Wednesday, January 27, 2016

Sometimes We Forget

Some Reasons Kid's Misbehave


I was sitting in a McDonald's on an outing with my kid's one day and I overheard a mom talking to her 3 year old daughter as she wiped her little girl's nose. She was saying, "You've been giving me such a hard time all day, I don't know why you're being such a brat today." I had to bite my tongue to stop myself from saying anything.

Meanwhile I thought, "I wonder what this mom would act like if she had a bad cold and someone was dragging her all over town all day." I see it all the time, parents dragging their kid's everywhere while being oblivious to the fact that the child is tired, hungry or sick, or maybe just needs some down time.  We always have so much to do and so little time.

A Little Bit of Empathy Goes a Long Way


There are times when kid's will just be naughty because they are immature, but many times we also have to be aware of the other circumstances influencing their behavior. For example, if there have been a lot of changes or difficulties at home or at school this can result in bad behavior. Your child can not tell you that they are stressed out, even adults sometimes have trouble identifying sources of underlying stress. 

In the normal course of growing up children will have emotional reactions that they don't quite understand so they can't really explain. For example, at times they may feel discouraged, rejected, unloved, inadequate or incapable (no matter how much you love them). This may result in being grouchy, moody, irritable and complaining. Going through struggles and feeling these types of emotions is a normal part of life, so they will need to learn how to deal with these feelings. We can help them by having empathy, but also helping them learn to express how they feel with words, and to make positive choices that will help them feel better.

My oldest son was so stressed out after his first few days at kindergarten that he started hitting his little sister the minute he got in the car. I said, "Well if this is what school does to you I think it's not worth it, we'll just stop going." He was surprised and looked at me and said, "I'm thirsty and hungry". I said, "Okay, that's all you had to say, now tell your sister you're sorry." I also told him it was normal to feel tired and cranky after such a busy day at school, but that it's not fair to take our feelings out on other people. After that I always brought food & drinks when I picked him up from school, and I asked his sister not to hug him or play with him until we got home.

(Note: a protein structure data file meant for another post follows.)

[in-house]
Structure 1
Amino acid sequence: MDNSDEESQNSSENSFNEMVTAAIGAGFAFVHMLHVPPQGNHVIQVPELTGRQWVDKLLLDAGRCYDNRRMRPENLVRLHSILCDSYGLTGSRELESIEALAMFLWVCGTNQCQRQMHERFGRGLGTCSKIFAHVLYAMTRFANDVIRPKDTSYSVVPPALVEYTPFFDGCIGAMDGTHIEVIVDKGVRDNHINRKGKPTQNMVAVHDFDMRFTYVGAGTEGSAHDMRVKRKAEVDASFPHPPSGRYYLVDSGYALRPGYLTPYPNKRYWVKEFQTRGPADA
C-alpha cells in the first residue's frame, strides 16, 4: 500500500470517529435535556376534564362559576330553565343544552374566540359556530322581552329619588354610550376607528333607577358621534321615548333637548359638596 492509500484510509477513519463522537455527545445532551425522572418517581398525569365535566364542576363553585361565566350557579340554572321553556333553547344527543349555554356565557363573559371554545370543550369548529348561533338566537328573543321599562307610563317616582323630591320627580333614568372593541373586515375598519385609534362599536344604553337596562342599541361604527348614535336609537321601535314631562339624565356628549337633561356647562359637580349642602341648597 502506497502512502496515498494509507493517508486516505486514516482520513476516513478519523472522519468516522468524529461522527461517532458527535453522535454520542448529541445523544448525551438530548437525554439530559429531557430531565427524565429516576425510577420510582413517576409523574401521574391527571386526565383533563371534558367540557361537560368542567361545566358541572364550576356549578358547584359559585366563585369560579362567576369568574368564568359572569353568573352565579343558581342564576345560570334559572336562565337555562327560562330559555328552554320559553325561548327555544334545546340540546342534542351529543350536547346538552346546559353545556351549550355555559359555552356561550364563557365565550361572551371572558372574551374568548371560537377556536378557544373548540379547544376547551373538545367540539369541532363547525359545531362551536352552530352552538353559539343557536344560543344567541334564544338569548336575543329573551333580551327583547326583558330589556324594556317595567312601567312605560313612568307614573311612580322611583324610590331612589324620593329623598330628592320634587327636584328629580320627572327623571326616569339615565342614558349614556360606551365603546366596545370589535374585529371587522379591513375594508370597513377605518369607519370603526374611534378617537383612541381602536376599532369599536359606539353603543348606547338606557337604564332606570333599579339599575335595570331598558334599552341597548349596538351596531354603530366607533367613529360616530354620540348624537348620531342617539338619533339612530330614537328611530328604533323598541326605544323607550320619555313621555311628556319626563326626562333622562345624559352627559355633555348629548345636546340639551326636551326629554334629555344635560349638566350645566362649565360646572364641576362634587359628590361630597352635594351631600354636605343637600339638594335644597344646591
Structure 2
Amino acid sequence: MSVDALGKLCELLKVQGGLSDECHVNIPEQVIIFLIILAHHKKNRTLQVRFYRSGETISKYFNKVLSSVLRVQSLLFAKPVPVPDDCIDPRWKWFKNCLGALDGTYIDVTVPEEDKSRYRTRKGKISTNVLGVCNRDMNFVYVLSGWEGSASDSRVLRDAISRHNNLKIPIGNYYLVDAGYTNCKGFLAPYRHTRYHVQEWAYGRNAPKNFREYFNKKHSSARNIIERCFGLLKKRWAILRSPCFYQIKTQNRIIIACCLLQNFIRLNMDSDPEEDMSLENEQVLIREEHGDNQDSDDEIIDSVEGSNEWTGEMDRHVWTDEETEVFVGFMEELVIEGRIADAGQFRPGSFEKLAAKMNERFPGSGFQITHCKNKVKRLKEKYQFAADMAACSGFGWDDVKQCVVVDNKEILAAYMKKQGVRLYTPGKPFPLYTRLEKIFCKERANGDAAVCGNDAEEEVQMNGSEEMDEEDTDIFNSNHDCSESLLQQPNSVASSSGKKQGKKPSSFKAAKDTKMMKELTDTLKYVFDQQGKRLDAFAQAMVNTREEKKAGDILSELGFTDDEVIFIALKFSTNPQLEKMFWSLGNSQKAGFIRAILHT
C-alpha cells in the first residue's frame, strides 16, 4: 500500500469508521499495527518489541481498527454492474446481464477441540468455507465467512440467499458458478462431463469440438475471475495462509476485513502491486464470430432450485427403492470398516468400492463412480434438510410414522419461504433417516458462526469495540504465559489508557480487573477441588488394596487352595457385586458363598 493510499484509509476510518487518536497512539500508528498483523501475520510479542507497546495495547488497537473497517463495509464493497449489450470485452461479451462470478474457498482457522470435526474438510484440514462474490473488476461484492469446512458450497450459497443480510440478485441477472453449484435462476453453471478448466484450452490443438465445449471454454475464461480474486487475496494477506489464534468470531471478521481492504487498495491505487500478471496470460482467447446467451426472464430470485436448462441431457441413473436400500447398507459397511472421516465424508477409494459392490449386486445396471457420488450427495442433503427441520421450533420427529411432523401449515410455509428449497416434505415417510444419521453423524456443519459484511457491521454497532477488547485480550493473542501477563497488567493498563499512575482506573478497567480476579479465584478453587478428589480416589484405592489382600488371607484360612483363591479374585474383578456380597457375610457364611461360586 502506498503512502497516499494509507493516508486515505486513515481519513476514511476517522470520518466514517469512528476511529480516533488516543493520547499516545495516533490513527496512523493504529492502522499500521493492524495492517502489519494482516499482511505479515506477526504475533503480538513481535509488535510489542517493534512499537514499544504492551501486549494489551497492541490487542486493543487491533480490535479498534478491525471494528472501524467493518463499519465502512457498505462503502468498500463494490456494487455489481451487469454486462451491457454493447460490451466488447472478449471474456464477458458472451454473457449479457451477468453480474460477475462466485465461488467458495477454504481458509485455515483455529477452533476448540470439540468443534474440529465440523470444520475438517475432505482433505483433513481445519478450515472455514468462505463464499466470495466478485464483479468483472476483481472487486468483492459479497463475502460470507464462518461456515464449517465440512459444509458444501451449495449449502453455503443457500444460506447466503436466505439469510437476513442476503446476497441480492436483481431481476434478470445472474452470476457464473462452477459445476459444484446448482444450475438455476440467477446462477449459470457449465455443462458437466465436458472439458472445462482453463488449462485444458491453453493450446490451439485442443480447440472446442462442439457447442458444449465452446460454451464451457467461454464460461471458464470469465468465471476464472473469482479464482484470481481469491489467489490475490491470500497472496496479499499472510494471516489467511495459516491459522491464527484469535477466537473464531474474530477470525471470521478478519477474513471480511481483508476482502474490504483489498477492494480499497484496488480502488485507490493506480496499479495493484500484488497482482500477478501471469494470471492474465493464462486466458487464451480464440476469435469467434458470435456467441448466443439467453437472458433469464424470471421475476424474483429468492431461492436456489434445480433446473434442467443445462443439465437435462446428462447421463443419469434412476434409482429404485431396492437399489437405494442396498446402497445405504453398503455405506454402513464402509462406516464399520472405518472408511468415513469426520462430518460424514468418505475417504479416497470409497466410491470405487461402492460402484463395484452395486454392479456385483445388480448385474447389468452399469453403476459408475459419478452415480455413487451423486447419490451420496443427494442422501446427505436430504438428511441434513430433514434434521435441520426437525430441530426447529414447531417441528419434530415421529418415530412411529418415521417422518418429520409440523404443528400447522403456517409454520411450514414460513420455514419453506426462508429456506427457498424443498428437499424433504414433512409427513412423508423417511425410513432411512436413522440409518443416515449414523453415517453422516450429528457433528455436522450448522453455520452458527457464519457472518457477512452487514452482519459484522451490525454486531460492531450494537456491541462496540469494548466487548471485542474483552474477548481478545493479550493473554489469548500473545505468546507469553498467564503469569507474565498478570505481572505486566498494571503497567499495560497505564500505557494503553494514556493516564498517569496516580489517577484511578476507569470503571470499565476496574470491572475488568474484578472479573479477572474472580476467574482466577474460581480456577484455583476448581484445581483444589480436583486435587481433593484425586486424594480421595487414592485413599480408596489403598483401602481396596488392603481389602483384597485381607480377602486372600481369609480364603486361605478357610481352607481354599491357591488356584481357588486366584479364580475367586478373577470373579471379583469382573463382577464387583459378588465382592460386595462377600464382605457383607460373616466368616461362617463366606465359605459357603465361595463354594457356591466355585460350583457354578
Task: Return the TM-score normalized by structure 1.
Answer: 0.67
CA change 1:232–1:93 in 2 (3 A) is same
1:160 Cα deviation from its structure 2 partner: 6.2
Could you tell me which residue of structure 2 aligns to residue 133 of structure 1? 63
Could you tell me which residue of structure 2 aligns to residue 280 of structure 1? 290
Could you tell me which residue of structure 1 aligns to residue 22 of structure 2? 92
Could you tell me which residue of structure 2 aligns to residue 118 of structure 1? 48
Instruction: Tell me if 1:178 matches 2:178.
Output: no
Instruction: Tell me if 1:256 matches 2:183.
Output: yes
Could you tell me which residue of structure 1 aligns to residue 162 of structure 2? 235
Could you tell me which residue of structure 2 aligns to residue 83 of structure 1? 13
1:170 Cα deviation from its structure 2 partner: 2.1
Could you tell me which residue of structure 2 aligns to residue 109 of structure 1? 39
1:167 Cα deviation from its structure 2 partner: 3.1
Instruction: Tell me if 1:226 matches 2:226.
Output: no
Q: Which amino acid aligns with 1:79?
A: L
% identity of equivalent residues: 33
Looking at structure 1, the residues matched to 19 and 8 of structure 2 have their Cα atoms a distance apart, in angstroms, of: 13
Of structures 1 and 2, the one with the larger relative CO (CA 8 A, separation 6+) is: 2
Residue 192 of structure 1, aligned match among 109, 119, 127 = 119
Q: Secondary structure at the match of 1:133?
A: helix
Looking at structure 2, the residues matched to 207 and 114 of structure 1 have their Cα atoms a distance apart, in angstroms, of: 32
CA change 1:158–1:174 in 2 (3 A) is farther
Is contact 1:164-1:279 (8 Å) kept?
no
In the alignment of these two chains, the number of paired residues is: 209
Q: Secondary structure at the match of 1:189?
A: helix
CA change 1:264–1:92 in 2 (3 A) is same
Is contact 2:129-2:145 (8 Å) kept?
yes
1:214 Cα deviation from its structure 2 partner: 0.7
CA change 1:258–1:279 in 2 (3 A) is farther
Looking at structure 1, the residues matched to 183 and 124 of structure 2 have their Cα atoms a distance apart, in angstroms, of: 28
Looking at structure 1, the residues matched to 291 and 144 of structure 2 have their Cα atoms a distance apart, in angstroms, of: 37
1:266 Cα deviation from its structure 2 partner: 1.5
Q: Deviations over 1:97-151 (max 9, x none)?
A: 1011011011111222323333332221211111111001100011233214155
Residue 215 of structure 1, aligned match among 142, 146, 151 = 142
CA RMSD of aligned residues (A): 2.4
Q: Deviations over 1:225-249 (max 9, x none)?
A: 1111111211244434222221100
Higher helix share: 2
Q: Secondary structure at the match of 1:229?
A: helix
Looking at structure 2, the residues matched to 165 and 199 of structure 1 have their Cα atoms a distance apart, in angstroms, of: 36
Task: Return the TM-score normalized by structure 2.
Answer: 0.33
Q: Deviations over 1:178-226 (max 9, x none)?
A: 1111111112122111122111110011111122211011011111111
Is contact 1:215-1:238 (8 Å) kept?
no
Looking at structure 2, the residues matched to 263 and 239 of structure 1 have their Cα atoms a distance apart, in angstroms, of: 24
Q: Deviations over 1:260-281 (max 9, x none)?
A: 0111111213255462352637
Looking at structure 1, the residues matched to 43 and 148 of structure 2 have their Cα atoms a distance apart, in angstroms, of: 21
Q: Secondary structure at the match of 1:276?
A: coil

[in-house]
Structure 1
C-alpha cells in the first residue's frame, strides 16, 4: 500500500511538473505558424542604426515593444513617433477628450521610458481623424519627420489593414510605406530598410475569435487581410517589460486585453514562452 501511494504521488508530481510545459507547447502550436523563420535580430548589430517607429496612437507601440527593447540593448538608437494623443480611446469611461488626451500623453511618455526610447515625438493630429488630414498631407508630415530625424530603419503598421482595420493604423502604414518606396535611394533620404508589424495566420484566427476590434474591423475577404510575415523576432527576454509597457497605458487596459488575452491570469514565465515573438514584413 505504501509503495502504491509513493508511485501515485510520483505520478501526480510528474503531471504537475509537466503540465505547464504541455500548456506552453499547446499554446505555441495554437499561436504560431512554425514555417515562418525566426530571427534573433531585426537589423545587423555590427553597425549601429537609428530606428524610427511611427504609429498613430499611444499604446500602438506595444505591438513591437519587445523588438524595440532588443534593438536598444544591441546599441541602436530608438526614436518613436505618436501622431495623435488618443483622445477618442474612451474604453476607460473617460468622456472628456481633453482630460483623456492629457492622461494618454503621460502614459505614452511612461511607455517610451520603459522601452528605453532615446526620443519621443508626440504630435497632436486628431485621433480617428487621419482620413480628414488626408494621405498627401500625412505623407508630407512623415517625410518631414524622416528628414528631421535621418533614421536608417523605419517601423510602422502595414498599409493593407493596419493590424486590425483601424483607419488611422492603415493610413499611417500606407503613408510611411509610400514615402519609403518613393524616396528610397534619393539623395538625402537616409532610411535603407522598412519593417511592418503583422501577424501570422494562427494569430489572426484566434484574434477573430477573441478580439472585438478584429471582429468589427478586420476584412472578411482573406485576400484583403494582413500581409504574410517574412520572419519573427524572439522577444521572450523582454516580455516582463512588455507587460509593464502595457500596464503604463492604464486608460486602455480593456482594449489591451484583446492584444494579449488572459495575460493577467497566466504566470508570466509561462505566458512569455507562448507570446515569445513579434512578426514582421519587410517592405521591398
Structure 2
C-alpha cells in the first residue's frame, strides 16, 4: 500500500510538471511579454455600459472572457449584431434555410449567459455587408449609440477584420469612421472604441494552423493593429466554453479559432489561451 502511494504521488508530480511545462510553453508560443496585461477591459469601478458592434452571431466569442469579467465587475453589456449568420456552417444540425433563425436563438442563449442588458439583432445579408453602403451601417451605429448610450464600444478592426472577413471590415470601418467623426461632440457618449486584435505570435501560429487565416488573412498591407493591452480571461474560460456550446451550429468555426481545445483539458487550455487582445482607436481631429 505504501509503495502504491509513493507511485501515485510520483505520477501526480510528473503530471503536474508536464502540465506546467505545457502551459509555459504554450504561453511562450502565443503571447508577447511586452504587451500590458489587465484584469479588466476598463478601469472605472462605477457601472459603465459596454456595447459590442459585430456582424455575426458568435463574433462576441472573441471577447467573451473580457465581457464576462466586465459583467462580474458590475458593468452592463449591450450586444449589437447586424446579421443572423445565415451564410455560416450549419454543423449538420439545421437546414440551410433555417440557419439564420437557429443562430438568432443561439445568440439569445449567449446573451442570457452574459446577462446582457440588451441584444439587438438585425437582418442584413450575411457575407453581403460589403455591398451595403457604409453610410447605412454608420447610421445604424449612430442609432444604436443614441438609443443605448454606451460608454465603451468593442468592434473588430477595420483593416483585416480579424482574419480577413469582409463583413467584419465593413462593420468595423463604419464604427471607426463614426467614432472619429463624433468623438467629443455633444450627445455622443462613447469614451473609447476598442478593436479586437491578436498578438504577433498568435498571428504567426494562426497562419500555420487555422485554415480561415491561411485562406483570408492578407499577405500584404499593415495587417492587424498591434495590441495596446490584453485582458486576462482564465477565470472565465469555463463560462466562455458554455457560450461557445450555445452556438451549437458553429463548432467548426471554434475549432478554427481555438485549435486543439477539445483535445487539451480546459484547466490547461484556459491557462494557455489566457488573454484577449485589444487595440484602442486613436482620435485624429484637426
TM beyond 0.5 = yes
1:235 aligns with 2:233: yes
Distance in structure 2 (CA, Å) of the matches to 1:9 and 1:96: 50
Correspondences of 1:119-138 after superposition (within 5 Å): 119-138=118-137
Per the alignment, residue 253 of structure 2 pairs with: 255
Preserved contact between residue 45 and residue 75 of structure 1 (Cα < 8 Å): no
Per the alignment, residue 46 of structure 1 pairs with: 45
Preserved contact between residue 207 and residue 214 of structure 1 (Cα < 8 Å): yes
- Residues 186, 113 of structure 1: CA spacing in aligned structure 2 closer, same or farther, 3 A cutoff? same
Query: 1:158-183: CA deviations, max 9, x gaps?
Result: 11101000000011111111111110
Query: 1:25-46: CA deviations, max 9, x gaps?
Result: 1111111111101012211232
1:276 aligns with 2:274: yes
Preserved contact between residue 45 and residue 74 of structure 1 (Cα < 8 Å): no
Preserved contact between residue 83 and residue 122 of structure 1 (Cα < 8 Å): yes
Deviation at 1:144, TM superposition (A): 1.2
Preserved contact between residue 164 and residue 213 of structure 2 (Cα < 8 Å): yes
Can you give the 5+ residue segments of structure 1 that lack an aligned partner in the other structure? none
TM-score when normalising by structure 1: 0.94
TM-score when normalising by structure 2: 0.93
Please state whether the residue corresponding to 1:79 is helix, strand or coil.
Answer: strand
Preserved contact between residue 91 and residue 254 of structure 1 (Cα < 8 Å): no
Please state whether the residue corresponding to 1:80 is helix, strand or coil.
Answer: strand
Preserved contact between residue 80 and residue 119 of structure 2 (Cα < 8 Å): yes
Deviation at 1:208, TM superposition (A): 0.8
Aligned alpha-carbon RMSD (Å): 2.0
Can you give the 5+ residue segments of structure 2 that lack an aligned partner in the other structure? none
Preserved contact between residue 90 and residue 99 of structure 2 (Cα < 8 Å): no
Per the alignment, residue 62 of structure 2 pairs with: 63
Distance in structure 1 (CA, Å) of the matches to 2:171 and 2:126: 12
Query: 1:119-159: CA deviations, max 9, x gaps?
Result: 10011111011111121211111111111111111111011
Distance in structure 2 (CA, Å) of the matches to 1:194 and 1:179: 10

Unusual Circumstances


How do you feel when you are in an unfamiliar situation, around people you don't know and you are not sure of what's going on? As an adult you may watch people, ask questions, or try to figure out what you should do in this situation. Children haven't learned to do that yet. They may ask lots of questions that annoy you or they may misbehave. They don't know what the guidelines are unless you've warned them ahead of time. They don't know the environment may not be child friendly. They don't know how to deal with boredom and they want to play.

Not knowing what is appropriate at a particular time & place (like going out to dinner), feeling a little insecure and wanting your attention (at the doctor's office), or getting different messages from too many different people (mom, dad, caregiver, grandparent, friends) can all create confusion and be a set up for poor behavior. So what's a parent to do? Can you remember how to behave toward your child in all these situations? It's not easy for parents either.

There Is A Time & Place For Everything

That's what kids need to learn. I think the best way to deal with most of these situations is to reassure your child that you understand how they are feeling, use words to label their feelings and look for affirmation. Then briefly explain the behavior you expect in that situation, and the consequence if they don't behave well. Also reassure them that the circumstances will be over soon and they will be able to go home.

Another good idea is to avoid behavior problems by avoiding the situations that cause them whenever possible while they are very young. Of course you don't want to over protect them because they need to learn how to behave in public (as well as at home), but sometimes it's just not the best day to go shopping, or to McDonald's.


3 comments:

  1. Hi Cheryl, stop by from MBS...so love this post, I do sometimes feel that way with two toddler boys running around all over me everyday, but everyday I always try to learn from my mistakes and try to be a better mom, thank you so much for the post. I am on my way to Alexa for a review, and just liked your page..thank you for following CuteCoconut on Networked blog.

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  2. Wonderful post. We do tend to forget that children have feelings and moods just like us adults. We always expect them to be happy little kids who behave with proper decorum. Thank you for reminding us to address the reason for their misbehavior and not to label them as brats.

    Thank you for visiting www.totteringmama.com! Followed you on GFC as crazyme and liked your FB page as well. Have a great weekend!

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  3. This was a great reminder for mothers to think about what might be going on in our children's heads. Ironically, we so often think about what we need to do for our children, that we forget about our children. I have a post where I lament that the only thing stopping me from being a fabulous mother is my children!

    Thanks for stopping by from the FNF blog hop. New follower!

    -Keesha at www.momsnewstage.blogspot.com/

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